Also July 4 2008, Osgoode Hall lawyer Jonathan Rosenthal, invited to debate civil rights lawyer Ezra Levant, launched an ad hominem attack:
He said he thought my wife ought to recommend that I take "counselling". For disagreeing with him!

I admit I was surprised. I had Googled Rosenthal, and read his vanity entry on Wikipedia -- I thought I'd be up against a thoughtful debater. But besides showing his moral righteousness by denouncing swastikas ("an emblem of hate") he had nothing but ad hominem attacks. Telling me I was unfit to be a parent, and needed counselling, because I disgreed with him?

And then I remembered his Wikipedia entry: he lectures at Osgoode Hall Law School, home of Khurrum Awan and the other anti-free-speech sock puppets who have fronted Mohamed Elmasry's censorship suit against Maclean's magazine. Rosenthal's paucity of arguments all makes sense to me now.

I shot back a bit myself, saying that in Canada, everyone has the right to have children, we don't need a license -- even pompous, arrogant, liberal Toronto lawyers have the right to be dads! It wasn't my prettiest debate. But my point stands: if we have a political test for the state to break up parents, no-one is safe.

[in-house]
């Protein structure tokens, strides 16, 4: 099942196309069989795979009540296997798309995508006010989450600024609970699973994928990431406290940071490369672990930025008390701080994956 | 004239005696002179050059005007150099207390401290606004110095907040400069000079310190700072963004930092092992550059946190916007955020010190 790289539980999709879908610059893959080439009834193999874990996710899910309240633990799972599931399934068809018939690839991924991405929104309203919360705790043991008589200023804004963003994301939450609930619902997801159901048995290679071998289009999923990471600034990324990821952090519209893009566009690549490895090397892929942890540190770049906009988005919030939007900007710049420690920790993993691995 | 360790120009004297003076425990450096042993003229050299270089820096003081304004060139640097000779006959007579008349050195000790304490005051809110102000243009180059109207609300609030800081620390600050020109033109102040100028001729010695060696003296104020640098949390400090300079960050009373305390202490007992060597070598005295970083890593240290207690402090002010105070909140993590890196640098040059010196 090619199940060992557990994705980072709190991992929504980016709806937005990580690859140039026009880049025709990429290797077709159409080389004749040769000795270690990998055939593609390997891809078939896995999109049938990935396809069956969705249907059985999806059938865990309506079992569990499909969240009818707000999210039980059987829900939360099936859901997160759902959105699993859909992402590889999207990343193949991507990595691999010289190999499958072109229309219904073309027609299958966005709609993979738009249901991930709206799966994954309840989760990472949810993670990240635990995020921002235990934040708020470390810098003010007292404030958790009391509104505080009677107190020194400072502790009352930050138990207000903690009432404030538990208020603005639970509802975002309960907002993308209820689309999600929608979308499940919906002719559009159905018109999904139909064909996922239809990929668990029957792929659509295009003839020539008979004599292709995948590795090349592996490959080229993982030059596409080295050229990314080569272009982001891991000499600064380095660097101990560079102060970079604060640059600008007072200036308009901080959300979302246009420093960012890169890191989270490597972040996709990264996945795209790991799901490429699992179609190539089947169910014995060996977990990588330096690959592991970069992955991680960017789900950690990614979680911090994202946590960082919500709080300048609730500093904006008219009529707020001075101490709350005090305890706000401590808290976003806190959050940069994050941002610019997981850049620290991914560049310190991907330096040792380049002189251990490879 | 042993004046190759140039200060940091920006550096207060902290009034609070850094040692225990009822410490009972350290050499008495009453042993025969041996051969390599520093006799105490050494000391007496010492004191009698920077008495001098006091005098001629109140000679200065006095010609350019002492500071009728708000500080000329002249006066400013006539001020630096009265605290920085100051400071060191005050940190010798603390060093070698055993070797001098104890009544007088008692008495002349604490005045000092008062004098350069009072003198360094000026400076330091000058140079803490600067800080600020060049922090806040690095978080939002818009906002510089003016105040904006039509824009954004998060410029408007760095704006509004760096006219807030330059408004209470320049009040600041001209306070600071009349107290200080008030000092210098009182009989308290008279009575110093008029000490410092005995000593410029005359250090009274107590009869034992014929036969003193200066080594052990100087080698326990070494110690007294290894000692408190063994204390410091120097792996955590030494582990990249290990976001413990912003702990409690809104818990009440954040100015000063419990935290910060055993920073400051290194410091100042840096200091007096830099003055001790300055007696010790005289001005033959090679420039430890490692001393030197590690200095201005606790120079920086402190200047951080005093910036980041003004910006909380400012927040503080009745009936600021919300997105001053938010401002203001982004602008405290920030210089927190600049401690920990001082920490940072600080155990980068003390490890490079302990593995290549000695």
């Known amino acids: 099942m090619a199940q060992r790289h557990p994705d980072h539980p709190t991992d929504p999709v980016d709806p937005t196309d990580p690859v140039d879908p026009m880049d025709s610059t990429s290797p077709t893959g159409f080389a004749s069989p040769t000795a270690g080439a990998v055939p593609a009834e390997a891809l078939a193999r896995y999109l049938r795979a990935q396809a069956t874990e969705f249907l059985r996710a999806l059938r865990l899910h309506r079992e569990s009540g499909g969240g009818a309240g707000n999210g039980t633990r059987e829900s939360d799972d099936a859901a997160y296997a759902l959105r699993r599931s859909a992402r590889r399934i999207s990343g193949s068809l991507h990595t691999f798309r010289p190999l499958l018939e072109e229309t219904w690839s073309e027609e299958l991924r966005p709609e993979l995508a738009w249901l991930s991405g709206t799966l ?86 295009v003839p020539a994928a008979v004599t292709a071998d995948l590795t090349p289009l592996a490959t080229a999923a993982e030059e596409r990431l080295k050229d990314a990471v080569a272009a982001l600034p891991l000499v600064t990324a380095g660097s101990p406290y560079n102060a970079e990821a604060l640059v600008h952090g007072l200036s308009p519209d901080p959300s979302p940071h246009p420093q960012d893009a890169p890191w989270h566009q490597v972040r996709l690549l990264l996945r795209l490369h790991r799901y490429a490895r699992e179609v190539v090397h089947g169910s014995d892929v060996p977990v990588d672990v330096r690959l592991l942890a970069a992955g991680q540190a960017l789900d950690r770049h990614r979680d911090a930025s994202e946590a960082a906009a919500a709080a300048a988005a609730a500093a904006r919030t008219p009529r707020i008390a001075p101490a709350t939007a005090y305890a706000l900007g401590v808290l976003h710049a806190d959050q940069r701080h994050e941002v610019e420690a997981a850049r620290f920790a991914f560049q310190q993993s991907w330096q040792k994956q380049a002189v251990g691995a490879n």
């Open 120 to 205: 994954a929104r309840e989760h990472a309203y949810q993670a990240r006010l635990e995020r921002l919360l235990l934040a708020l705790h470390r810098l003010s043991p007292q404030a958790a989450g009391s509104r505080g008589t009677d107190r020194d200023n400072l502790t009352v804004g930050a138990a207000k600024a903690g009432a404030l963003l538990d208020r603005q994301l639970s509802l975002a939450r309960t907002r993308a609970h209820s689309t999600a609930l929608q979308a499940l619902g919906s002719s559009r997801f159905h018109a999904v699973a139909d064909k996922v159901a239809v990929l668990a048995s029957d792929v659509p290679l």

Here's the vid (ad plays first).

The child seizure case that is the subject of the debate involves a swastika, and ironically both of the lawyers duking it out on the question are Jewish. But Rosenthal's comments about Levant are typical, even stereotypical of the new morph of Canadian law into therapy and social engineering. And you don't need good legal arguments when you have the power to simply wreck someone's life.

July 5, 2008 David Warren writes in the Ottawa Citizen,
In the course of this last grim week, the Ontario government of Dalton McGuinty quietly announced a huge expansion of the Ontario Human Rights Commission, giving its apparatchiks enhanced powers of intrusion, removing the cap on fines, providing a new class of lawyers to assist in prosecutions, and opening 22 new “hearing and mediation rooms” around the province where these star chambers will conduct their quasi-legal proceedings.

As a writer who does not subscribe to the “politically correct” ideology, it is reasonable to expect that, sooner or later, they will come for me. Of course I also realize that, in making this statement, I will be mocked by the usual leftwing jackals. But in light of what has already happened in this province and country, my assertion is reasonable. Moreover, I write with the sincerity of a man who has already tasted the New Canadian tyranny, and the threat of imprisonment without due process, under the feminist rewrite of Ontario family law.

I was born a free citizen of the Old Canada, and before her God I declare, that I will go to jail rather than acknowledge the legitimacy of any “human rights” commission. I invite other journalists and indeed, every other Canadian, to declare likewise.
Well, I declare.